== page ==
Common Sense Note
Parents need to know that this quirky sitcom from the creator of My Name Is Earl deals with single fatherhood (resulting from unprotected sex), exploring them within the context of family bonds and learning life lessons. Some of the humor is based on stereotypes about lower-income families, and there's a fair bit of sexual innuendo (as well as shots of characters in their underwear or partially naked -- though no sensitive body parts are shown) and cigarette smoking. References are also made to murder and capital punishment; fantasy violence is also visible. Despite all of this, the series ultimately sends positive messages about both parenthood and family.
Some strong sexual innuendo. Hope was a result of unprotected sex (not shown). People are shown in their underwear. The terms "weiner" and "balls" are used to refer to male genitals. Maw-Maw sometimes wanders around topless (shown from the back).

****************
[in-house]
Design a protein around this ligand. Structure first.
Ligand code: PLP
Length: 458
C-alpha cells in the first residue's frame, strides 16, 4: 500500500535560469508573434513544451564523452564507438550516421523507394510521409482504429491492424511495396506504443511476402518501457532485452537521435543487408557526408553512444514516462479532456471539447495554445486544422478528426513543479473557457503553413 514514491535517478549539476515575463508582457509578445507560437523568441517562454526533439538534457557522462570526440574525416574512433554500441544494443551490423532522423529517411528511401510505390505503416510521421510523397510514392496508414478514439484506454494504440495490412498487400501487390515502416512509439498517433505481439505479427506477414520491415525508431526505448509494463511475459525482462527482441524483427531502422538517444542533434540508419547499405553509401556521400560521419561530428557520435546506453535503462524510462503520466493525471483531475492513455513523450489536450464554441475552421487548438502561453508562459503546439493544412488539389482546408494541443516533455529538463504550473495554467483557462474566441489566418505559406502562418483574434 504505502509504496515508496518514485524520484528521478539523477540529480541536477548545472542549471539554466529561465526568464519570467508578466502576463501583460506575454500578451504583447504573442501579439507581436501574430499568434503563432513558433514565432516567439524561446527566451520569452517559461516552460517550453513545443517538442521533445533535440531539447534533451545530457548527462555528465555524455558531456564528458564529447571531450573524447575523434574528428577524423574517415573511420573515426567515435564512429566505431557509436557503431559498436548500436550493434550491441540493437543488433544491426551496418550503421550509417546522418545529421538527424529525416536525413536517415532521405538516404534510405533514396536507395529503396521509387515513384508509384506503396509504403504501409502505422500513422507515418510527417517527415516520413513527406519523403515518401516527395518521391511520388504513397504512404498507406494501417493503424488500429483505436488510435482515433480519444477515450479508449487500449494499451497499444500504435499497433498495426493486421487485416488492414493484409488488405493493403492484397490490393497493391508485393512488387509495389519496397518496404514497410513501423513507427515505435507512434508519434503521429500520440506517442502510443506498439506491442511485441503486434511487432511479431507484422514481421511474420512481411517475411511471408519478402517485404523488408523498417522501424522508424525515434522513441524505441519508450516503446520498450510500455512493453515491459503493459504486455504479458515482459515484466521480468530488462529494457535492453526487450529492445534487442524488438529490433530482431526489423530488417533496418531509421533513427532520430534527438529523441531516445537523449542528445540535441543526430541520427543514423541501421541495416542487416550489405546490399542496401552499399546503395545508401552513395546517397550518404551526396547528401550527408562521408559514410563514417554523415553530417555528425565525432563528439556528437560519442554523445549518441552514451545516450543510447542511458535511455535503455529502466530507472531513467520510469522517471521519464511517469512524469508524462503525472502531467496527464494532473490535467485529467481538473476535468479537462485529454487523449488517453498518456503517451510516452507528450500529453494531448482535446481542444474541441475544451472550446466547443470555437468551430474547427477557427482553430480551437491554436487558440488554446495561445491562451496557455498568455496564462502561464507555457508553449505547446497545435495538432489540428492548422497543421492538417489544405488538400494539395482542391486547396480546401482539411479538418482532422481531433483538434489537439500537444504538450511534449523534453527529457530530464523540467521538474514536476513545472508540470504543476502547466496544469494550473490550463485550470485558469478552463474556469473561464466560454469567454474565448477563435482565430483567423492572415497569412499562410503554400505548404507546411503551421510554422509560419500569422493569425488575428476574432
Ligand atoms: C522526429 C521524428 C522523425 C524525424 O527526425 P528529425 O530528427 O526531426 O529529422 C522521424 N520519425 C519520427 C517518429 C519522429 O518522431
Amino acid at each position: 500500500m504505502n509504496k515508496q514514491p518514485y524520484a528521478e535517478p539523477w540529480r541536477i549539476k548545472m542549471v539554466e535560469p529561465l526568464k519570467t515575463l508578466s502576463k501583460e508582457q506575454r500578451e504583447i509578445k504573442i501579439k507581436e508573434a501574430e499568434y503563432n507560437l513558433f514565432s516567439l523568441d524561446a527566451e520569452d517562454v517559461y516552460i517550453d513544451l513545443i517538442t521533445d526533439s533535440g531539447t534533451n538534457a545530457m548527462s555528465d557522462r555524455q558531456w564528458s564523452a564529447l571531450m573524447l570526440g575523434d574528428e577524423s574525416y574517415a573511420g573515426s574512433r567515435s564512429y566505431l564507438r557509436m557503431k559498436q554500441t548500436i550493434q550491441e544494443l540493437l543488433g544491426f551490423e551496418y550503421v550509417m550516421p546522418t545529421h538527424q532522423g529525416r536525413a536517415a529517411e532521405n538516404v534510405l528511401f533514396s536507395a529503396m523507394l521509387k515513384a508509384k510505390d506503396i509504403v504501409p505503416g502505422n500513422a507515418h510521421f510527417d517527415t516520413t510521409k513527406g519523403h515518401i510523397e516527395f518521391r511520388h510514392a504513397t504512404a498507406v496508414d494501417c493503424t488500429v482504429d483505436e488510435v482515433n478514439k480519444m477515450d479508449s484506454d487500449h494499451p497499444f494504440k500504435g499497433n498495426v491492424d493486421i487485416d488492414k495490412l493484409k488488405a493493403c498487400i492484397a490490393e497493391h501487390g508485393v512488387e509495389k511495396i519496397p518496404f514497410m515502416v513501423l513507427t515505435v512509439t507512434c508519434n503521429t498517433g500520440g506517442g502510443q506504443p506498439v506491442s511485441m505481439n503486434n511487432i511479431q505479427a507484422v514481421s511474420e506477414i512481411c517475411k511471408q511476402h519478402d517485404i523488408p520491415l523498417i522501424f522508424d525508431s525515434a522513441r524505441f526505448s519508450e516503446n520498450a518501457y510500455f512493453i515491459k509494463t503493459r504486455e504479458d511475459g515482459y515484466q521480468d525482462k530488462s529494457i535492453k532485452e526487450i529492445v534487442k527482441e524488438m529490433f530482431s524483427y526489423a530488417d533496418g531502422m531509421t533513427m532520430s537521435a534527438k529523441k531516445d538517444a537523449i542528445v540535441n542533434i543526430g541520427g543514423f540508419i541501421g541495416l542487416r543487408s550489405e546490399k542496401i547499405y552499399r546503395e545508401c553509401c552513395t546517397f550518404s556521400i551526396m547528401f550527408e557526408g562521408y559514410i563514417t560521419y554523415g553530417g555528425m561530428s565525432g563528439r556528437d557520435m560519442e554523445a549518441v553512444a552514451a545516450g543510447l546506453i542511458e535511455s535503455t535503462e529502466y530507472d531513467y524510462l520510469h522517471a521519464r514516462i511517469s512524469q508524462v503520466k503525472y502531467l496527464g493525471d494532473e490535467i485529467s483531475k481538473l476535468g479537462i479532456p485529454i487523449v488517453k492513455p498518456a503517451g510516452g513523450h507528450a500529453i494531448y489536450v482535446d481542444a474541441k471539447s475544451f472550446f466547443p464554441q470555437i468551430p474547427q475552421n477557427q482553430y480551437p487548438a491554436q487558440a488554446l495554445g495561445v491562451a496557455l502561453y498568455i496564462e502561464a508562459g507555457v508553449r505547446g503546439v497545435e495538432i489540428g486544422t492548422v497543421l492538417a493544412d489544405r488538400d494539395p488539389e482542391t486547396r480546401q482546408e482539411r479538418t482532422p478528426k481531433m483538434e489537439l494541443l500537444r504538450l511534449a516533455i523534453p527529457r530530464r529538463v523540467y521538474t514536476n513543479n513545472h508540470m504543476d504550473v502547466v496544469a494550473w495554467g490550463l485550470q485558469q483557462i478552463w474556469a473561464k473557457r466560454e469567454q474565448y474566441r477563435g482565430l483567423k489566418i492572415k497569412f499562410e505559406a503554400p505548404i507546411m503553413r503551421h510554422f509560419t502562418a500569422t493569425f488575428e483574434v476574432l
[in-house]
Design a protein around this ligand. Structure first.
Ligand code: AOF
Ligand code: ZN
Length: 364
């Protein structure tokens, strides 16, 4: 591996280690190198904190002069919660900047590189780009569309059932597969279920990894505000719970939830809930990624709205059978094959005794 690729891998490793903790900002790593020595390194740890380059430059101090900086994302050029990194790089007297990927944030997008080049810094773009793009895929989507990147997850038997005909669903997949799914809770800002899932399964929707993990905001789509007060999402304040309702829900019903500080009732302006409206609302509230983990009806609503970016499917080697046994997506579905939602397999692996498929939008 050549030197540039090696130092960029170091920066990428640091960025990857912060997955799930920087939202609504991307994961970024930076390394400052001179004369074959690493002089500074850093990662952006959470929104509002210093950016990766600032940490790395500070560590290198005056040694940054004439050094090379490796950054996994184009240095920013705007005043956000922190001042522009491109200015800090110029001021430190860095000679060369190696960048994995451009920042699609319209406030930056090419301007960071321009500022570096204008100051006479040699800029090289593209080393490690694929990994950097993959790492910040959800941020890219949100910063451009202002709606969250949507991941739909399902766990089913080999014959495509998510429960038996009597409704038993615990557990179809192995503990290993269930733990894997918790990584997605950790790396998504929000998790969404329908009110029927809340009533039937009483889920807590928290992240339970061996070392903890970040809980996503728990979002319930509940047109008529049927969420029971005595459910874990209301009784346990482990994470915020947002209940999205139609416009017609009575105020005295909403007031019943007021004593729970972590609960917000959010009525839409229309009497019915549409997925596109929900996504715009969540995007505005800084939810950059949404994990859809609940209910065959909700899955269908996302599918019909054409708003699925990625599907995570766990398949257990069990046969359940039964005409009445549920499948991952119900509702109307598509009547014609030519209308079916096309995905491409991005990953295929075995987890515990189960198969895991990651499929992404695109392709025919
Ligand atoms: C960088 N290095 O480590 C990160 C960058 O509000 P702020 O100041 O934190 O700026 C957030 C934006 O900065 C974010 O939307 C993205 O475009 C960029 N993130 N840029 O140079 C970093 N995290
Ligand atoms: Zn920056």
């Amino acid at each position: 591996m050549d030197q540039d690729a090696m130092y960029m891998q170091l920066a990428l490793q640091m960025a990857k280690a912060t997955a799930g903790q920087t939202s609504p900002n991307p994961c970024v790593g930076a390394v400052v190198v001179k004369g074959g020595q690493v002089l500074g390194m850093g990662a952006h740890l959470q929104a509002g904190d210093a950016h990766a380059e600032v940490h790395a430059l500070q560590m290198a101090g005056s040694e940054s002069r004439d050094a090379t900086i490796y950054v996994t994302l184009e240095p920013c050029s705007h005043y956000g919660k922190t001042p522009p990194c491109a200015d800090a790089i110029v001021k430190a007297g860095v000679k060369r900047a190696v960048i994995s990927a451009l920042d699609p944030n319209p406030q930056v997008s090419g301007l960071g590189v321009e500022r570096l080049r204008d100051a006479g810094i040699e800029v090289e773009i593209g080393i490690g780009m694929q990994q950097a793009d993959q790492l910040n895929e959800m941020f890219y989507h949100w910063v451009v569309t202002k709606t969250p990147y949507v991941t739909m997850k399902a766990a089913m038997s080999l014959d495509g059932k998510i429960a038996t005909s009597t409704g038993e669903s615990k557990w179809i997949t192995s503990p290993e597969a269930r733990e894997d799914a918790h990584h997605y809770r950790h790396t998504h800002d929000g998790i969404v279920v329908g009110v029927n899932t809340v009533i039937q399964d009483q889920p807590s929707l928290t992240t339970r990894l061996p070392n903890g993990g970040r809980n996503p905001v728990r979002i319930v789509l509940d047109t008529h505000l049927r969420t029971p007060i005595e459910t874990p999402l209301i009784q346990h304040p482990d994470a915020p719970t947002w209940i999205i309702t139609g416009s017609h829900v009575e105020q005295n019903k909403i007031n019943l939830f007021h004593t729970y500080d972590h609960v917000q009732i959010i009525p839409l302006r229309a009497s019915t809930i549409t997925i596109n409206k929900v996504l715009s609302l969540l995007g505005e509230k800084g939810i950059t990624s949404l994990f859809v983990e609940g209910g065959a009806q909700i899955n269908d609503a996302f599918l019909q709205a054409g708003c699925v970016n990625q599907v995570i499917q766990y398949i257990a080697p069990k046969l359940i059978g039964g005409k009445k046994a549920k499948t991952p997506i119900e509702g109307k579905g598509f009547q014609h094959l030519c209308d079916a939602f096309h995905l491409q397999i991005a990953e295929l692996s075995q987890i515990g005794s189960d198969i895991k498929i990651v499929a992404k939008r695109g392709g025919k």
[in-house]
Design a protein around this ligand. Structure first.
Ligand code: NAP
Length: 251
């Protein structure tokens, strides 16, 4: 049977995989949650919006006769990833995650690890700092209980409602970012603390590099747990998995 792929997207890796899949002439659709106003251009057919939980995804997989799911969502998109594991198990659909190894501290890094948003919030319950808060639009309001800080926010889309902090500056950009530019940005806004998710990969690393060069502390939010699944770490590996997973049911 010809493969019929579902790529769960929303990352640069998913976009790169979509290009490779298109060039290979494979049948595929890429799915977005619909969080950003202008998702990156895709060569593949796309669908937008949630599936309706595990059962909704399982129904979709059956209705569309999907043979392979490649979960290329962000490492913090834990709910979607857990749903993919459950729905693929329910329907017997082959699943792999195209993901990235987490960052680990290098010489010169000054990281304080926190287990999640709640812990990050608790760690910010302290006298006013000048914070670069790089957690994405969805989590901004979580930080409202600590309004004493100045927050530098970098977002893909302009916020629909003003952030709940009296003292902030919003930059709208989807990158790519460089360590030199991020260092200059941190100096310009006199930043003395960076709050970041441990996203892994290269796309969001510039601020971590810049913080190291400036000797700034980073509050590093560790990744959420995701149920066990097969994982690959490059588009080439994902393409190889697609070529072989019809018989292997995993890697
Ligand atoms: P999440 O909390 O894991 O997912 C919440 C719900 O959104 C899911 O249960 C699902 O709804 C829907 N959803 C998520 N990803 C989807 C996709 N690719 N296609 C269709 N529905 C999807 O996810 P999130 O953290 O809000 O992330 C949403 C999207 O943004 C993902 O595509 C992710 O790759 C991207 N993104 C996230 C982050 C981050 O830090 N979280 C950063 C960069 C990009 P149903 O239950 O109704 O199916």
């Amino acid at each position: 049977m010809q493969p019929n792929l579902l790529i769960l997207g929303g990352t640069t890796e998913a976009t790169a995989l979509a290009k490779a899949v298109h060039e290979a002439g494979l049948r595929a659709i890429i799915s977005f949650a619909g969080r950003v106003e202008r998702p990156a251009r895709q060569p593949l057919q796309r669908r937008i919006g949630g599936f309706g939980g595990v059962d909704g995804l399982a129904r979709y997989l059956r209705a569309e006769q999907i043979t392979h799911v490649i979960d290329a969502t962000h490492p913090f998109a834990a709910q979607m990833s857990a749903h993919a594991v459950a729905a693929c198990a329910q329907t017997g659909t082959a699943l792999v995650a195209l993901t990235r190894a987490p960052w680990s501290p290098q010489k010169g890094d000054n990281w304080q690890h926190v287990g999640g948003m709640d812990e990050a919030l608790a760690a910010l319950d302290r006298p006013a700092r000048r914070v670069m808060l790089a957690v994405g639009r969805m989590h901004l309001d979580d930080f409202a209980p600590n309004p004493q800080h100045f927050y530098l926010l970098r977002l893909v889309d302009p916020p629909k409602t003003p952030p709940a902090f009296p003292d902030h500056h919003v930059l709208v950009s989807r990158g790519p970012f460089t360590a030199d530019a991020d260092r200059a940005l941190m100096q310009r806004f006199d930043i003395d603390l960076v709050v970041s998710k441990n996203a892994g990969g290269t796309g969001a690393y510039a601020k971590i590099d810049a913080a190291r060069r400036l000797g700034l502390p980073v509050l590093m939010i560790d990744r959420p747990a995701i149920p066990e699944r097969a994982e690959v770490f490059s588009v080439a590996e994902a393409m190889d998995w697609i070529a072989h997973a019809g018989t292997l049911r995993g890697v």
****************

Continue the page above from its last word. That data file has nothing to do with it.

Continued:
Hope's mom was a murderer and was executed for her crimes (an electric chair is visible in the first episode); Maw-Maw often attempts to kill family members (but she's never successful). People are occasionally hit with things like TV sets, but no injuries are visible. Baby Hope is sometimes seen flying through the air and/or involved in other mishaps, but she's unharmed.
Words like "pissed," "ass," and "bitch" are frequent.
Despite the fact that it sometimes relies on blue-collar stereotypes for laughs and issues like teen parenthood and dementia for humor, the series ultimately offers positive messages about the importance of fatherhood, family, friendship, and commitment.
Occasional notable placement of books like David Sedaris' Naked and other products.
Drugs / Tobacco /
Early episodes feature members of the Chance family (especially Virginia) smoking, but they're pressured to quit for Hope's health. Beer and other drinks are occasionally consumed; Hope sometimes drinks milk/juice from containers usually reserved for alcohol. Giving Maw-Maw her medication is often a challenge.